Erika, meanwhile, is six months pregnant and is traveling with her father-in-law to the home of Max’s parents where she plans to live and give birth to their baby. She has no idea what has become of Max, but assumes he will be coming home soon, since the war is ending. Neither of them realizes that they will not see each other for four more years.

The title refers to the fact that letters sent home by Soviet prisoners were not allowed to contain more than fifteen words, thereby limiting their ability to tell their loved ones about their living conditions. As readers, however, we are privy to all of the deprivation, horrors, and mistreatment that Max and his fellow prisoners must endure at the hands of the Soviets. In alternate chapters, we observe Erika as she makes a life for herself and her daughter in occupied Germany while Max is gone.

After following their individual lives during four years of separation, it was clear that their reunion as a couple would not be an easy one, and I was particularly interested in how that reunion would ultimately play out. How long would it take them to get used to one another again? Was it even possible? Max isn’t the person he once was and no longer feels a bond with “home.” Erika has her misgivings and her secrets, and their daughter is less than welcoming to her father. Does he ever connect with his daughter, recapture a loving relationship with his wife, and at least come close to feeling as though he might fit in again? Unfortunately, the book stops abruptly upon his return home and leaves all of those questions unanswered.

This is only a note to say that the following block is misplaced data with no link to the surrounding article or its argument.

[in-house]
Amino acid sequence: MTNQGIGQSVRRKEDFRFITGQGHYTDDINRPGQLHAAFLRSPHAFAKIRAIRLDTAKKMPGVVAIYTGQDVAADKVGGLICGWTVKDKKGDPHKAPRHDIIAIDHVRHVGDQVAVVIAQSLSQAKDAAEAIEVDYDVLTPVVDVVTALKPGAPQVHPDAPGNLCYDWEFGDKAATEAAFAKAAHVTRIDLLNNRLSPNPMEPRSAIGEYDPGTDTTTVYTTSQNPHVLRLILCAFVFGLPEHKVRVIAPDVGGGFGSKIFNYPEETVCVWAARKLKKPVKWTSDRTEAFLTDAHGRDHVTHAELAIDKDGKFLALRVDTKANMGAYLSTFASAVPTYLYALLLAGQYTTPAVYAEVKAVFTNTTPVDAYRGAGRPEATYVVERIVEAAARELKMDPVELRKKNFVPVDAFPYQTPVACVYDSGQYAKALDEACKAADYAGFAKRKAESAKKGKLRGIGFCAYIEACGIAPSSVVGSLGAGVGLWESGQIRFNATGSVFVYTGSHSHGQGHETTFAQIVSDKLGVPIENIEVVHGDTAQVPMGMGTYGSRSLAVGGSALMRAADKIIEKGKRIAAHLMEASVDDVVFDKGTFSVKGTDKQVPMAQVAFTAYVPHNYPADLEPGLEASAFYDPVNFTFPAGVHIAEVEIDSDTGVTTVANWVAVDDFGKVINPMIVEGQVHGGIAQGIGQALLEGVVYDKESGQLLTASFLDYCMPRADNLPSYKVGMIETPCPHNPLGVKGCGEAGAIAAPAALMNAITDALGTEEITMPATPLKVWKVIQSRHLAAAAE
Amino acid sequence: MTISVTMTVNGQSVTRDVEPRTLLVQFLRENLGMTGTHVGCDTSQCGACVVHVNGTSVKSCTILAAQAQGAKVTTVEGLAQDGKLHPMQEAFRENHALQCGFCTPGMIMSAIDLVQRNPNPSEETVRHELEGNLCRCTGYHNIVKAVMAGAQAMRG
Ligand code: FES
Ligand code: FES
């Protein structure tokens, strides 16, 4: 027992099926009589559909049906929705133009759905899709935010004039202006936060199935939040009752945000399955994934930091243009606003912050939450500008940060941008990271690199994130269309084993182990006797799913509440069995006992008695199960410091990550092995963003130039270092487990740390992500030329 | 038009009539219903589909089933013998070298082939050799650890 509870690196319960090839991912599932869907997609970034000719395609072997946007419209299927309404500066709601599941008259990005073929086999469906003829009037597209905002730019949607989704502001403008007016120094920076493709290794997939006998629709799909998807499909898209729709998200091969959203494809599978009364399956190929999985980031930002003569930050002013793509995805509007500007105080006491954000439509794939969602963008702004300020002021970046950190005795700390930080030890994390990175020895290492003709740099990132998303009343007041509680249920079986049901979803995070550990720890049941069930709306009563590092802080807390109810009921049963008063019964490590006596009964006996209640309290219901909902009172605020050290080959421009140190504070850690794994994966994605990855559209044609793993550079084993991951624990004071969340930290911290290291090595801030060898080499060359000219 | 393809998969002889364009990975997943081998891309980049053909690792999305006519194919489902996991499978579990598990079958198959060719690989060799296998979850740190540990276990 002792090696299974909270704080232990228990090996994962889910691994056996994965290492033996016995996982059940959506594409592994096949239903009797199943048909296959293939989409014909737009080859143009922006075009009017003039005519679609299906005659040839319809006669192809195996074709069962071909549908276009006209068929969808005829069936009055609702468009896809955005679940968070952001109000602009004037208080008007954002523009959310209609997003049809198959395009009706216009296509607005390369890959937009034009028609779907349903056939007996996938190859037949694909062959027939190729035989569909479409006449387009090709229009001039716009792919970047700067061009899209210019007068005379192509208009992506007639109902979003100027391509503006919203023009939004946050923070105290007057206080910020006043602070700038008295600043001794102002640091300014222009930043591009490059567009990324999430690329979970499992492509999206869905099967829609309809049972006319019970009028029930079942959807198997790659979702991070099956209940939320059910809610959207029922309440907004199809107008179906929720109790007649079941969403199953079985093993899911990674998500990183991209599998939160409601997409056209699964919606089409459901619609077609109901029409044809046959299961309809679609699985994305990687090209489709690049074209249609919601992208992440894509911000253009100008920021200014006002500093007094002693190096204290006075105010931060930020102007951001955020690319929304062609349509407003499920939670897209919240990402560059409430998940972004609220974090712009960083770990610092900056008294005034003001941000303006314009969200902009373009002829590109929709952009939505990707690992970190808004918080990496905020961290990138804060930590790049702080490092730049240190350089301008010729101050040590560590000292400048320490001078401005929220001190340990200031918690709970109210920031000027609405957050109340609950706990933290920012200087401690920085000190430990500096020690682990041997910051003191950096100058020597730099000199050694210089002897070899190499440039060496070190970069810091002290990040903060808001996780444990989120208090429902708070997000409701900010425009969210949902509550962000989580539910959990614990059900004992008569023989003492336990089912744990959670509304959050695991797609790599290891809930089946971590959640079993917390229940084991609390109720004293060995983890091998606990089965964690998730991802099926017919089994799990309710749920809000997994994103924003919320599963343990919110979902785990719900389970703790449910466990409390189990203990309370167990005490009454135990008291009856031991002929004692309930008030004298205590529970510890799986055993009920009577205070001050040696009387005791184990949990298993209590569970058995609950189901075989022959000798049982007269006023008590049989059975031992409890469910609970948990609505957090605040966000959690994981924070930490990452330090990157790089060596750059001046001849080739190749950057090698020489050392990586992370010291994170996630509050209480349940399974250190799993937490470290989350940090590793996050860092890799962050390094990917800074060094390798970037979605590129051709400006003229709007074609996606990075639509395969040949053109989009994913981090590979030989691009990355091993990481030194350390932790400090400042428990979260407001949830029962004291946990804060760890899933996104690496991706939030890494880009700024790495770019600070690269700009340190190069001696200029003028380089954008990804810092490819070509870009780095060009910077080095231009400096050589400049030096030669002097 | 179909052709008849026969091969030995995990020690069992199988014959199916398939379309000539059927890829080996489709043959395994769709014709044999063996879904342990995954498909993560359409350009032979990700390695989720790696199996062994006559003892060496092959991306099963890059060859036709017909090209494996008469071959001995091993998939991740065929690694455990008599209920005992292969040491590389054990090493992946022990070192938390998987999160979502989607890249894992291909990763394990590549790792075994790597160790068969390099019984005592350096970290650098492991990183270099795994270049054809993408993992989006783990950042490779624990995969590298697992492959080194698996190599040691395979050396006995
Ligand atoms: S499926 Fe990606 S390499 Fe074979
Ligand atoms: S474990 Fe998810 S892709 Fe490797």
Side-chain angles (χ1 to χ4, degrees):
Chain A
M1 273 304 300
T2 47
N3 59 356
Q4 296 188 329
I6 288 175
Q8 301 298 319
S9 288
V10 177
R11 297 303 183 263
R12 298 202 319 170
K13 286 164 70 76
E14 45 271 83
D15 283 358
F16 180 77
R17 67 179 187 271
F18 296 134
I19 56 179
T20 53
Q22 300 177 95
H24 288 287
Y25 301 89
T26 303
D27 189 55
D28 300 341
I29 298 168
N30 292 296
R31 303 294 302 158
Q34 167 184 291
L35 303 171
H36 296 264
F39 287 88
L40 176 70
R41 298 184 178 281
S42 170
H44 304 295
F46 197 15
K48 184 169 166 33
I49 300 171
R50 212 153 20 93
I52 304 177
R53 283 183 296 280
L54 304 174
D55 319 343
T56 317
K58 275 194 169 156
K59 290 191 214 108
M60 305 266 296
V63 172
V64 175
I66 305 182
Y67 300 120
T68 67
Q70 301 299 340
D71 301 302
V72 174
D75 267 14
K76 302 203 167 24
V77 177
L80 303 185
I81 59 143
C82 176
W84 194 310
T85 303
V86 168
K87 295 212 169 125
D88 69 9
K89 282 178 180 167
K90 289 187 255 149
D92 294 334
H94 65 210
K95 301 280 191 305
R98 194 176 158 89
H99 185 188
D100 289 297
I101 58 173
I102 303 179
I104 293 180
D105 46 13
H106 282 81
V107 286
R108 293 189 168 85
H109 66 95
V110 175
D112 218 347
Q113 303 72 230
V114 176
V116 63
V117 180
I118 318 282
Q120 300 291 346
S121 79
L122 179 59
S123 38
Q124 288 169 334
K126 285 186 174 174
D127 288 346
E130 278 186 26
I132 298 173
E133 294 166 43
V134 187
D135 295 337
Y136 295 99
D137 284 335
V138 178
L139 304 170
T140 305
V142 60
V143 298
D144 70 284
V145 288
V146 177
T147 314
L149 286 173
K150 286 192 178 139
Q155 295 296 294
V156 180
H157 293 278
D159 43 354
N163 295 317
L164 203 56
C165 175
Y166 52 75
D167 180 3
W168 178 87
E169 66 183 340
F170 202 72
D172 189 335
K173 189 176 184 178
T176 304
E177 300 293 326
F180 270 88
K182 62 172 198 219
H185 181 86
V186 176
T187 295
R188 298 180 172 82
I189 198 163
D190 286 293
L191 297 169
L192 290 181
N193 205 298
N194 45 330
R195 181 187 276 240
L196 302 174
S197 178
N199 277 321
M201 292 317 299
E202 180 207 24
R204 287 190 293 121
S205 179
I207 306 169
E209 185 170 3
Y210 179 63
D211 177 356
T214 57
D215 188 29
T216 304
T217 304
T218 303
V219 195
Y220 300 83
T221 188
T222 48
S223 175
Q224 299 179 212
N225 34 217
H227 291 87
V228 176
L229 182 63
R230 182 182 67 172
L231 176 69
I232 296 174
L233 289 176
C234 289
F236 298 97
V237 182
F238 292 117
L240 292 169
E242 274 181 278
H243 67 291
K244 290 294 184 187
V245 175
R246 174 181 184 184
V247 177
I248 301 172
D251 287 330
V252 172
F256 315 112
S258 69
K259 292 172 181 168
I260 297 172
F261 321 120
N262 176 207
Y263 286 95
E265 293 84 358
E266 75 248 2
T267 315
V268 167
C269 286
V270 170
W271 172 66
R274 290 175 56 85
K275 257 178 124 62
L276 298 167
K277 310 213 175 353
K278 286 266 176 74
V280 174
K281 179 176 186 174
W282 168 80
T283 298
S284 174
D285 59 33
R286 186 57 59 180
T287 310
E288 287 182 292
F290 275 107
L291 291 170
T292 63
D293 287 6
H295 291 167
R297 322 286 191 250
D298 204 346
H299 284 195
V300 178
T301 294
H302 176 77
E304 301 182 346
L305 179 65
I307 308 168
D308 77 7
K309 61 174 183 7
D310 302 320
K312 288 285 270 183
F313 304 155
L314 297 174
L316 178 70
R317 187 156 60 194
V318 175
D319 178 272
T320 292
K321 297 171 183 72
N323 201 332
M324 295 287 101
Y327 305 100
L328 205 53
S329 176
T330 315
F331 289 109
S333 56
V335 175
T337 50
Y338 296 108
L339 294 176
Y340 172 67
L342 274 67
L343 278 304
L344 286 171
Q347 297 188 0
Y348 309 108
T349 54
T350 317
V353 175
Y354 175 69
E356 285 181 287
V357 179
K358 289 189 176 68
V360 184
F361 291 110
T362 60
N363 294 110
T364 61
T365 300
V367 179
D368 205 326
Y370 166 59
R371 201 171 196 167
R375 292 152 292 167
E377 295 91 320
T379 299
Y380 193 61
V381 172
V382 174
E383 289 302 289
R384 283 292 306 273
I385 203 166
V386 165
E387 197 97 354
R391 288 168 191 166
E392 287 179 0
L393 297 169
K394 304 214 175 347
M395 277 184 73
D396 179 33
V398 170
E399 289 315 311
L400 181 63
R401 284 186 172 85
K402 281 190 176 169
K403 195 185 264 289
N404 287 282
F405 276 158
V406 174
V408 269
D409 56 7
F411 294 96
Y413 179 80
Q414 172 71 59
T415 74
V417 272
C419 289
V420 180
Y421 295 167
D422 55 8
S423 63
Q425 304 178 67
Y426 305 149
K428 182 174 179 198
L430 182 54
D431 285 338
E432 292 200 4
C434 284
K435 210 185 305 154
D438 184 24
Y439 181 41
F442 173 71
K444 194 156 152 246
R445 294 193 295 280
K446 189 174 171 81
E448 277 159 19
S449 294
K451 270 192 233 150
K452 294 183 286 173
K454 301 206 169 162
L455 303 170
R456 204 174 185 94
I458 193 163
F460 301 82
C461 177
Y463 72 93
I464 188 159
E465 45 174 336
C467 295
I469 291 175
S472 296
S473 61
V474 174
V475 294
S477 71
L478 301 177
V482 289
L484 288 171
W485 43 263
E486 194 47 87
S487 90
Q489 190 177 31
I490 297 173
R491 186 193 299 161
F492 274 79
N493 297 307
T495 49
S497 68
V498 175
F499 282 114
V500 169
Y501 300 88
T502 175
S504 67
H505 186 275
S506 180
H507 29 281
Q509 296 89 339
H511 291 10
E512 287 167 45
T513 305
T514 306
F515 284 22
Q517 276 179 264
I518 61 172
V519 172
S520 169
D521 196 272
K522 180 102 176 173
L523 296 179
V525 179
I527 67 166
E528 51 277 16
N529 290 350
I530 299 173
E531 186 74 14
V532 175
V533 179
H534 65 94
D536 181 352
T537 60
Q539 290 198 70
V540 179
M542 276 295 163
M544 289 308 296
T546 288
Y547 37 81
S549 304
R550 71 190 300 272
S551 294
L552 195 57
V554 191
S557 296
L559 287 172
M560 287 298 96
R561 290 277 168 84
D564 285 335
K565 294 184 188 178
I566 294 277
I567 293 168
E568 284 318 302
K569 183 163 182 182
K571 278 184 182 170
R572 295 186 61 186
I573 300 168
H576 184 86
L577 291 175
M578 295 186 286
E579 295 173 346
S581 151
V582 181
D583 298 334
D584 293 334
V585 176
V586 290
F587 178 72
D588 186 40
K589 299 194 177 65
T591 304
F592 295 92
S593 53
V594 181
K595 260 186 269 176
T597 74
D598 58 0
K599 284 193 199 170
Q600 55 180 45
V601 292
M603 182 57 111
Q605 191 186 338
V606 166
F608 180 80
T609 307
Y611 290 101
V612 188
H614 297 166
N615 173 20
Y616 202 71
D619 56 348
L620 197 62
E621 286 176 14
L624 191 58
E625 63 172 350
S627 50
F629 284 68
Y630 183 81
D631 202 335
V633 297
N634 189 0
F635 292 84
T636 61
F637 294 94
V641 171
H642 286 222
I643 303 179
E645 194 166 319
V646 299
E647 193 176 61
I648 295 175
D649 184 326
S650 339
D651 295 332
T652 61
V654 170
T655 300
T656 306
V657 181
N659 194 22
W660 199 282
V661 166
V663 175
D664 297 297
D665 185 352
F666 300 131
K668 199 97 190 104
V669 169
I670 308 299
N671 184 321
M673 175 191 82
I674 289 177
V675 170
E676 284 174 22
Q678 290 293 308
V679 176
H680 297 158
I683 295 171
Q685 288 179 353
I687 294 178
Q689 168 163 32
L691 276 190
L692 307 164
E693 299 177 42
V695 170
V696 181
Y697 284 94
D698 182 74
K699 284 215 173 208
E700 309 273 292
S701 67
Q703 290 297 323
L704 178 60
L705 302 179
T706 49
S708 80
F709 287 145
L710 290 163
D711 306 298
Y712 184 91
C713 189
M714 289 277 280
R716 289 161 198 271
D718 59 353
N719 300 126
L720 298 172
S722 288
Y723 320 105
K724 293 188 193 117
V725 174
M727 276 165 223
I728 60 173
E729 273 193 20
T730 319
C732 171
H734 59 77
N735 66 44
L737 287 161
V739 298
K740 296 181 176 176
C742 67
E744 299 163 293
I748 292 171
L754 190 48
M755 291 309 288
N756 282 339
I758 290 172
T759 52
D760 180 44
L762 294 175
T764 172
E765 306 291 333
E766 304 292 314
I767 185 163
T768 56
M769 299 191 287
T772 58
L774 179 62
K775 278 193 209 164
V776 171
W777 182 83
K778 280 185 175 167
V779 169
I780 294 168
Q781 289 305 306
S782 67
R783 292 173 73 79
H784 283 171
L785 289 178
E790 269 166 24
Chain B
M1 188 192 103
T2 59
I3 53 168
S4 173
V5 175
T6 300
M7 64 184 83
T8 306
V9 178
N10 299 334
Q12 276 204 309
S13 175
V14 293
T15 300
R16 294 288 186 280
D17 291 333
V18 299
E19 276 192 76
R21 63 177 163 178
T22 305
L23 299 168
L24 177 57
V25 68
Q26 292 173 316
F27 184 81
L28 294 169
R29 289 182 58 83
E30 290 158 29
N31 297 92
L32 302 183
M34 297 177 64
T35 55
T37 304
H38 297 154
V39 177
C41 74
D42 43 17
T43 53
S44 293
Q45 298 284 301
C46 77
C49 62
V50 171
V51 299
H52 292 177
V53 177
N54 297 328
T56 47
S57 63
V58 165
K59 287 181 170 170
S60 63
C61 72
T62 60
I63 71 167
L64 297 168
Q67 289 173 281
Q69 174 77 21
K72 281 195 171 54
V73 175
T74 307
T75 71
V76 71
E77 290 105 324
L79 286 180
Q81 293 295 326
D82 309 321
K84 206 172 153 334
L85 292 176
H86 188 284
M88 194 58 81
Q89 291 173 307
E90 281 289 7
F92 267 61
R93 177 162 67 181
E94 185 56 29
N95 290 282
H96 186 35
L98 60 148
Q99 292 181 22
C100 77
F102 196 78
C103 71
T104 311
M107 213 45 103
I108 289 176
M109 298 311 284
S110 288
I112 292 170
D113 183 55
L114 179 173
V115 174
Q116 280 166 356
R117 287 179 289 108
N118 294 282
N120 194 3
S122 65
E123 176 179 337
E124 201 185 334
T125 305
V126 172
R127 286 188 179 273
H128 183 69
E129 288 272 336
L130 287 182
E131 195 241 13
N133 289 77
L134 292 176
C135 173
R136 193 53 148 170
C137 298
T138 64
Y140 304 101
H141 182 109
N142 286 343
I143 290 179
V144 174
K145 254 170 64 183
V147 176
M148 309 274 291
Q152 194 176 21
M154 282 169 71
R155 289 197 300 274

Overall, this book is well written and well researched. While the story is fiction, the book is inspired by actual events in the lives of the author and her family (see our guest post from author Monika Jephcott Thomas). I just wish I knew more about Max’s fate, as I had become invested in his welfare (Erika’s not so much).

Grandma gives Fifteen Words four stars. 4 stars

Bella Reads and Reviews Books was given a free copy of the book by the author in return for an honest review and participation in the blog tour accompanying its release.

The Sky is Everywhere

The Sky is Everywhere

The Sky is Everywhere by Jandy Nelson (YA Fiction)

After finishing this book, it’s all I can think about. It was an amazing read.

Seventeen-year-old Lennie’s older sister, Bailey, was also her best friend, and now Bailey has died unexpectedly from an unknown heart condition. Lennie doesn’t know how to handle her terrible grief. She writes poems on scraps of paper, paper cups, napkins, walls, trees, and more that give the reader insights to how close she was to Bailey, and she also makes some mistakes as she tries to relate to the two attractive guys who come into her life because of Bailey’s death. In the process she comes to learn a lot about herself, her sister, and the quirky grandmother who has been their caregiver ever since their mother abandoned them as little kids.

Though the storyline is not something I can directly relate to, I related easily with the main character, Lennie. She goes through the process of grieving the passing of her sister in a way that really makes you sympathize with her. She’s short on self-confidence and finds herself in some pretty difficult positions, which she handles with a sense of self-awareness that is sometimes funny and often sad. It was so easy to fall in love with all of the characters. I would go so far as to say that it is my favorite book at the moment.

Bella gives The Sky is Everywhere five stars. 5 stars